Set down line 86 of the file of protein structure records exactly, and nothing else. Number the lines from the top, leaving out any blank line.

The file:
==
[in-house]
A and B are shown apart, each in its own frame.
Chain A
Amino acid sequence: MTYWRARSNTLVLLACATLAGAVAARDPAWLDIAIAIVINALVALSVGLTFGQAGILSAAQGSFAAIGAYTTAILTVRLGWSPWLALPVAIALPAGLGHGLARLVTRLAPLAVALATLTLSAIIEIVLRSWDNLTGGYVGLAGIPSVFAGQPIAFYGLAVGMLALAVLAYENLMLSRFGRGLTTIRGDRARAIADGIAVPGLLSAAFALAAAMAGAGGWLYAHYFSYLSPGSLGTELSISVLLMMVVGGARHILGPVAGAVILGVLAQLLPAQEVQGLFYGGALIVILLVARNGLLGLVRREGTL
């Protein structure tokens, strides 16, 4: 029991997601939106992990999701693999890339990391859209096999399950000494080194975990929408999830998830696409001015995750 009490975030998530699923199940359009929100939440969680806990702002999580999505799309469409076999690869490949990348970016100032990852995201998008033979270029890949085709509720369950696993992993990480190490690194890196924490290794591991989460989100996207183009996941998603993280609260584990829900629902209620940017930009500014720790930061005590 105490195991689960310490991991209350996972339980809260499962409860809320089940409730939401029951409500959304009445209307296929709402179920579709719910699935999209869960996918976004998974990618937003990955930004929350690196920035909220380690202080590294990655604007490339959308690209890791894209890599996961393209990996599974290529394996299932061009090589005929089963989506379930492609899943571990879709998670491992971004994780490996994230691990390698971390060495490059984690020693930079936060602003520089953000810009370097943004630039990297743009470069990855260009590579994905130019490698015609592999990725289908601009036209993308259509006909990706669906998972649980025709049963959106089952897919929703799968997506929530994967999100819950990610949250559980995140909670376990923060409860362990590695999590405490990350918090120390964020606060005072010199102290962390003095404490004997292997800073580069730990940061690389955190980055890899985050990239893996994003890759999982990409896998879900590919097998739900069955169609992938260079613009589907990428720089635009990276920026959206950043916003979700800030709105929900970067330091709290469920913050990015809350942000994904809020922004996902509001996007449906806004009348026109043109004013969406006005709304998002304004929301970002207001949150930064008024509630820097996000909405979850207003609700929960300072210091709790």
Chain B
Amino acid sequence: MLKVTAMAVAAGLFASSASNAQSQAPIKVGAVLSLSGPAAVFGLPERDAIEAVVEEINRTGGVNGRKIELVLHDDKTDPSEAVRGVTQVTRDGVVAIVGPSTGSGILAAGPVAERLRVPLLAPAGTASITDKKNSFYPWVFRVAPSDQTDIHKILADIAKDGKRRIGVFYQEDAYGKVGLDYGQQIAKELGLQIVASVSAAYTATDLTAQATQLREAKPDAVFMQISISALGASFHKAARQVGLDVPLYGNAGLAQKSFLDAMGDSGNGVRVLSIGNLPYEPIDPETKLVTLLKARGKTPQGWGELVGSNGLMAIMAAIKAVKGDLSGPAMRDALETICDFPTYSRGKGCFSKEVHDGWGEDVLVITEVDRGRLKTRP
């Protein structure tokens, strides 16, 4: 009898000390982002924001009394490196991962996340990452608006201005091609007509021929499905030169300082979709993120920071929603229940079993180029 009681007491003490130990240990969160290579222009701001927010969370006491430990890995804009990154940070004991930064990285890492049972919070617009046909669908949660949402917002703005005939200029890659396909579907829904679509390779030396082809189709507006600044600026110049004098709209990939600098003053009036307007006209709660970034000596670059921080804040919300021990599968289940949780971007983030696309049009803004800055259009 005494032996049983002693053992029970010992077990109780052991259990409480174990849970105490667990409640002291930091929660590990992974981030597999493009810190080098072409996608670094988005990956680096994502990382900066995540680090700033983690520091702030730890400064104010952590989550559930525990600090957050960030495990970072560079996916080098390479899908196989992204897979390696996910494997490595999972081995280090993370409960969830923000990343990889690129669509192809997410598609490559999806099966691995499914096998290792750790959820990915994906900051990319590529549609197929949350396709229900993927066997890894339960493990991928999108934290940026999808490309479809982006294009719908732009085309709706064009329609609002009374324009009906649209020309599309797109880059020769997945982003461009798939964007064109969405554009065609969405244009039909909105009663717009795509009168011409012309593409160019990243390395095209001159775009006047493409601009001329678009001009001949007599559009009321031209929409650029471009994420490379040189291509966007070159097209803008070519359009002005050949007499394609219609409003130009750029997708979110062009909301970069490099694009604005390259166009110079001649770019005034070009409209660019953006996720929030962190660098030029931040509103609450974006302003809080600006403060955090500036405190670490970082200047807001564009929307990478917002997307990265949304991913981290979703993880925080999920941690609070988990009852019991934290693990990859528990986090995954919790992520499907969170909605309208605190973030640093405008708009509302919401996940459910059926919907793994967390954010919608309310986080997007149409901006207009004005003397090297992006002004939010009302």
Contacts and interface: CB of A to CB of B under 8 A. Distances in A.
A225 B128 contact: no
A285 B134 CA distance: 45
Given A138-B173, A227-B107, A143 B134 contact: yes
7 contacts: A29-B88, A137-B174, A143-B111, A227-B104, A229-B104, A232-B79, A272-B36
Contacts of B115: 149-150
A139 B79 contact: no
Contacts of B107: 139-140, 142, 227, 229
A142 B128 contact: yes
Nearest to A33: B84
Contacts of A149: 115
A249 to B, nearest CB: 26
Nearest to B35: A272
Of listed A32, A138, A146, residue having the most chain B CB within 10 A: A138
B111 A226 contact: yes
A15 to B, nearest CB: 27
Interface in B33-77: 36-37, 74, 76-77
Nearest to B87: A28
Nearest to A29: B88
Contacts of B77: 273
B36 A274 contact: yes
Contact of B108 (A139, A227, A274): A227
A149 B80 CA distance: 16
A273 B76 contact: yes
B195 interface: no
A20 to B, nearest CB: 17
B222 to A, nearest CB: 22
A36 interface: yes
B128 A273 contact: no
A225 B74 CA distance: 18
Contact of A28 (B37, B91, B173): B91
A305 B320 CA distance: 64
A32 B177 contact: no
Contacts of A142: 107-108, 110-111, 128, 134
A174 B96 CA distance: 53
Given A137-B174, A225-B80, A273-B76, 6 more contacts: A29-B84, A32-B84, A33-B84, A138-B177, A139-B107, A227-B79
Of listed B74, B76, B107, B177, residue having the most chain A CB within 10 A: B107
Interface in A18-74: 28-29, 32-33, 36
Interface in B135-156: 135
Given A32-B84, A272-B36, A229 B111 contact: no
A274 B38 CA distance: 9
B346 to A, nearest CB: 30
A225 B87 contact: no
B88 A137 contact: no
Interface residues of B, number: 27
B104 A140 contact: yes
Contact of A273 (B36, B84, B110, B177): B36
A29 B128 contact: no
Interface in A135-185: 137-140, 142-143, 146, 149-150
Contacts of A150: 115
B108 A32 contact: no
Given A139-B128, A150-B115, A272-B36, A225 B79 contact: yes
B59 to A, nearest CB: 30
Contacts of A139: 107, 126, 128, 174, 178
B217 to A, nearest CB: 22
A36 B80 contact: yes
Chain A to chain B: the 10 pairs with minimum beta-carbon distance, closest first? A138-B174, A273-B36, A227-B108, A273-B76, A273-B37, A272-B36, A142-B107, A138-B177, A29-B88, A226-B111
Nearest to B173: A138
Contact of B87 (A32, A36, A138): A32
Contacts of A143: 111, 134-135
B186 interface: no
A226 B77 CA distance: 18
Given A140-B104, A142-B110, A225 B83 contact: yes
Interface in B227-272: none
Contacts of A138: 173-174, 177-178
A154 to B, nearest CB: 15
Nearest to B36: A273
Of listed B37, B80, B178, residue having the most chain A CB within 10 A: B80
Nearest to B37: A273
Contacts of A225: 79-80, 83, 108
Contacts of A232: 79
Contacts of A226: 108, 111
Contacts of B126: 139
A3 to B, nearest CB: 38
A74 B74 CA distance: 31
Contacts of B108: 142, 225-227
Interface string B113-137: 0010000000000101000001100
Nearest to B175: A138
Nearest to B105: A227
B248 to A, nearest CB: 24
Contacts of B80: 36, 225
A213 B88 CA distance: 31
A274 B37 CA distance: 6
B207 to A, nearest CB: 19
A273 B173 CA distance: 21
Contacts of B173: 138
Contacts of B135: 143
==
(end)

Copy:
Nearest to B175: A138